The legendary Hi Rhythm Section of the '70s joins Johnson on his comeback album "Back In The Game". Joined by drummer Howard "Bulldog" Grimes and the Hodges brothers (guitarist Mabon, bassist Leroy, and organist/pianist Charles). Johnson delivers ace covers of his own classic material and new composition on one of the strongest albums of his career. "Dipped in the Water" features his daughter Syleena Thompson
22. Tad Robinson "Back In Style" (Severn 2010)
It's Tad Robinson and Severn Records, what could go wrong? Nothing does as this is yet another richly created set of Soul and Blues we've come to expect. Robinson's yearning, elastic vocals are in full force and supported by some excellent songs. My pick is "Sunday Morning Woman" written by Robinson, Steve Gomes and Keven Anker. Gorgeous horns and slippery organ that shows opposites do attract or more accurately a good woman carries the weight neglected by a "Saturday night man". What a song and what a vocal performance. "Rained All Night" ain't far behind.
23. Johnny Adams "There Is Always One More Time" (Rounder 2000)
This is a 15-track compilation of material he recorded for Rounder Records 1984-1998 and it could be considered a "best of" package. That's not to say this is the best of that period as the tracklist was careful to include at least one track from each of the 11 albums Adams cut for the label and that leaves some great ones out ("She's Everything To Me", "The Real Me", etc..). What it does include is a cross-section of Johnny's various styles. You have blues ("One Foot In The Blues"), deep soul ("Even Now"), jazz ("Walking On A Tight Rope"), standards ("But Not For Me"), cabaret ("A Lot Of Livin' To Do"), pop ("Lover's Will"), even gospel ("Never Alone" with Aaron Neville). Plus there's a few tracks not on any of his albums- "I Don't Know" with Ruth Brown, "I'll Only Miss Her When I Think Of Her" with Alvin "Red" Tyler" and the unreleased Doc Pomus/Dr. John song "Happy Hard Times".
24. Eugene "Hideaway" Bridges "Born To Be Blue" (Blueside 1998)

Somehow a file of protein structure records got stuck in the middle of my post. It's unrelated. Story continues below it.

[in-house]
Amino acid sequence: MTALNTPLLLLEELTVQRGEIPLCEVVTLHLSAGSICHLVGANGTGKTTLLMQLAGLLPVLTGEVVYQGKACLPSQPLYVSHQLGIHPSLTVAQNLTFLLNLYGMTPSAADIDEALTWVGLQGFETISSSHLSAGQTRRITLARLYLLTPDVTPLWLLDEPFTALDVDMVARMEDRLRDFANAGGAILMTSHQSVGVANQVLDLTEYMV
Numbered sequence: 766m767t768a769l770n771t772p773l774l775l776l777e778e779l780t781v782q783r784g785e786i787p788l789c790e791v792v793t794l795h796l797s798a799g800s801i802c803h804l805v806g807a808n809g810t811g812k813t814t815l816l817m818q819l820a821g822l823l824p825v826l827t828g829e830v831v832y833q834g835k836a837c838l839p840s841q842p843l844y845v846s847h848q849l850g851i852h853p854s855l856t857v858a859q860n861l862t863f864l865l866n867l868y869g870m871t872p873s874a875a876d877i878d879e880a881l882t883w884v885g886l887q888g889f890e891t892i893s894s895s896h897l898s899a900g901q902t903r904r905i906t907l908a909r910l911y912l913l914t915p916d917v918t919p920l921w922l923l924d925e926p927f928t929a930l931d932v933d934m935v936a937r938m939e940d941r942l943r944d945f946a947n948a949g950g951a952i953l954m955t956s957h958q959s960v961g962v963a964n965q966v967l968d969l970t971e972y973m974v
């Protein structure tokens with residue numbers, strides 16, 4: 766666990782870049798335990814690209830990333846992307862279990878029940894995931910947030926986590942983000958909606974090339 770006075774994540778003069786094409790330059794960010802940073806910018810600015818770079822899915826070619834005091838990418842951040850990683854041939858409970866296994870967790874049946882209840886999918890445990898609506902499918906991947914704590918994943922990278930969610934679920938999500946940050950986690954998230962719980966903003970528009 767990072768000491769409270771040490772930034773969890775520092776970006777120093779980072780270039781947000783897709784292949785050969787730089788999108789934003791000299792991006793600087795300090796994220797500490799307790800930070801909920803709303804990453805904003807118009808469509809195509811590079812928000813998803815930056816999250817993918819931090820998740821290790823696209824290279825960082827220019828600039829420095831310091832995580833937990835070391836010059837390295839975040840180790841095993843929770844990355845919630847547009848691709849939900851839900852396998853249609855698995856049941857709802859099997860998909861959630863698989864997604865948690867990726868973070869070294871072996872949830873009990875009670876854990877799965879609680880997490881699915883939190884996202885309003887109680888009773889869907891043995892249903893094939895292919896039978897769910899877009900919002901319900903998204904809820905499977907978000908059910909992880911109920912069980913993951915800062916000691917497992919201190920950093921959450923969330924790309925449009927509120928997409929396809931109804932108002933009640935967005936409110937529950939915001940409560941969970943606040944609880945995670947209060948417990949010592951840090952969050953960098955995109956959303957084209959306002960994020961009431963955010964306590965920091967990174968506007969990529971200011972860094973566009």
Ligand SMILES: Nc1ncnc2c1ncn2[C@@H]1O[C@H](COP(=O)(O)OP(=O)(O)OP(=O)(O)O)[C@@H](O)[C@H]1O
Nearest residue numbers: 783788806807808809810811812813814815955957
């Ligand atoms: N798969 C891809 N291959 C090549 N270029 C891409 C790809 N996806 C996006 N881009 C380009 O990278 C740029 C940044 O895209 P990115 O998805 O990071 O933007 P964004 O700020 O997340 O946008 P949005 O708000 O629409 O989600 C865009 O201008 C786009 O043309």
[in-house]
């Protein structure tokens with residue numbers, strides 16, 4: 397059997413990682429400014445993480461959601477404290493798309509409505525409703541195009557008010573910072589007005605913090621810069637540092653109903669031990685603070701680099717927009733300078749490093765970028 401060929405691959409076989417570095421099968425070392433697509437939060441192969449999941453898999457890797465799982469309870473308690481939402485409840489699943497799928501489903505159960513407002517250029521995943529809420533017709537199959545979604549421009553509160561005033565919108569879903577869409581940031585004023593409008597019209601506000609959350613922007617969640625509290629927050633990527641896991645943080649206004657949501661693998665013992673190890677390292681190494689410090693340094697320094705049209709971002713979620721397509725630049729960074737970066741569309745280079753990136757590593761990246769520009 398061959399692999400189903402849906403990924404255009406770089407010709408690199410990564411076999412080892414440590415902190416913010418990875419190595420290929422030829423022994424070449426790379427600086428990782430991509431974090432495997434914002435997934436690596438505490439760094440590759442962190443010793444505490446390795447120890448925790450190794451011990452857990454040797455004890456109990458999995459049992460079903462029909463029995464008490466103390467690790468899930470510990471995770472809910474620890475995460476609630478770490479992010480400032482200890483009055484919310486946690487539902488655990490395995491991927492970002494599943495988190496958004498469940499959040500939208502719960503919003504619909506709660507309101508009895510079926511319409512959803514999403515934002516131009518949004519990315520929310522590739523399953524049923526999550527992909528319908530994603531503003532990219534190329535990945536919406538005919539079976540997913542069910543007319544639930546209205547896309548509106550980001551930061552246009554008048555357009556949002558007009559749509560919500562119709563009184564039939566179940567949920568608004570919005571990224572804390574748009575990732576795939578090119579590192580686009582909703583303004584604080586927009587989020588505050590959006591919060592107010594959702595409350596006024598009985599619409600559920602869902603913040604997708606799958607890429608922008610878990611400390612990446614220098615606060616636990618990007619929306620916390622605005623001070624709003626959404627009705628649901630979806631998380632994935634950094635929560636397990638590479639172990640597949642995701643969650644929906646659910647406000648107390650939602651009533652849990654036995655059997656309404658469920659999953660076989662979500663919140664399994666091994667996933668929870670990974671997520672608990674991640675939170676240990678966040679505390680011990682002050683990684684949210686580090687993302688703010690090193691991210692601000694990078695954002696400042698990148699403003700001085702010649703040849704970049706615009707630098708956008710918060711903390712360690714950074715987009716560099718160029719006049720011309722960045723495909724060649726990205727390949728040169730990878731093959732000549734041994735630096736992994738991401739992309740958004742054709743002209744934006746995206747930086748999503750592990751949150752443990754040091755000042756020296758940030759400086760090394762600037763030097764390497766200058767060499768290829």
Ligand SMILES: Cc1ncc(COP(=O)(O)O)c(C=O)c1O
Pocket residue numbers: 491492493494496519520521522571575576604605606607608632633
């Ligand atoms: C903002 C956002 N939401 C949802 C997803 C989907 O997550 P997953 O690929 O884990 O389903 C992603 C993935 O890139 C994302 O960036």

Eugene "Hideaway" Bridges is a man of many styles from Texas Blues shuffles, Texas Big Band Blues, Jump Blues, Country/Gospel, Soul Blues and 60s Soul/Sam Cooke worship. After spending time as part of Big Joe Turner’s Memphis Blues Caravan he eventually formed his own band, Eugene ‘Hideaway’ Bridges Band. The 12 tracks on “Born To Be Blue” reside on the soul side of blues, all Bridges originals, except for two Cooke songs. Following this Blueside release he began a fruitful tenure with Armadillo Records.
25. Jackie Payne Steve Edmonson Band "Master Of The Game" (Delta Groove Prod. 2006)
This new Delta Groove Productions release, "Master Of The Game", is the epitome of deep-in-yo-gut Southern Soul, Staxy Funk and raucous Blues. Oh, and pardon me for neglecting to mention the co-star, master chord cutter Steve Edmonson. This guitarist and his band (Bill Singletary, Nick Otis, Carl Green and John Middleton) are a perfect match for Payne. Edmonson first worked with Jackie as producer on "Soulful Blues", a collaboration with Bay area guitarist Kenny "Blue" Ray. This lead to the first Payne-Edmonson outing, the mighty fine "Partners In The Blues". This new one is even better with ten dynamite originals and three choice covers. Picking a single must be migraine-inducing for these folks since so many cuts stand out. My picks would be "Sweet Landlady" and "A Fool Named Me".
26. Lee Fields "My World" (Truth And Soul 2009)
After years of toiling away in the chitlin' circuit with poorly-produced, forgettable Southern Soul & plastic Funk records (all out of print as of writing) Fields suddenly finds himself with the real deal on "My World". In truth Fields was already there earlier in his career on two terrific retro-Funk n' Soul albums with a heavy James Brown influence . In between his both Ace (USA) Records and self-released demo-like SS CDs ("Enough Is Enough", "Keep It Real") he created two great albums ("Let's Get A Groove On" Desco 1999 and "Problems" Soul Fire 2000). Like all his albums it seems they went out of print and became obscure until the the classic Soul revival lead by labels like Truth & Soul and Daptone "saved" this music (both albums have been reissued). "My World" is an impressive throwback to the 60s and 70s Soul and Funk. Best of his career hands down.
27. Bobby 'Blue' Bland "Years Of Tears" (Malaco 1993)
In retrospect it's just one of many fine Bobby Bland albums for Malaco but just a step above songwise. Stellar songs by master song scribes George Jackson ("Hole In The Wall"), Frederick Knight ("Somewhere Between Right And Wrong", "I Just Tripped On A Piece Of Your Broken Heart") and others. Nobody sings Blues ballads as well as Bland.
28. W.C. Clark "Heart Of Gold" (Black Top 1994)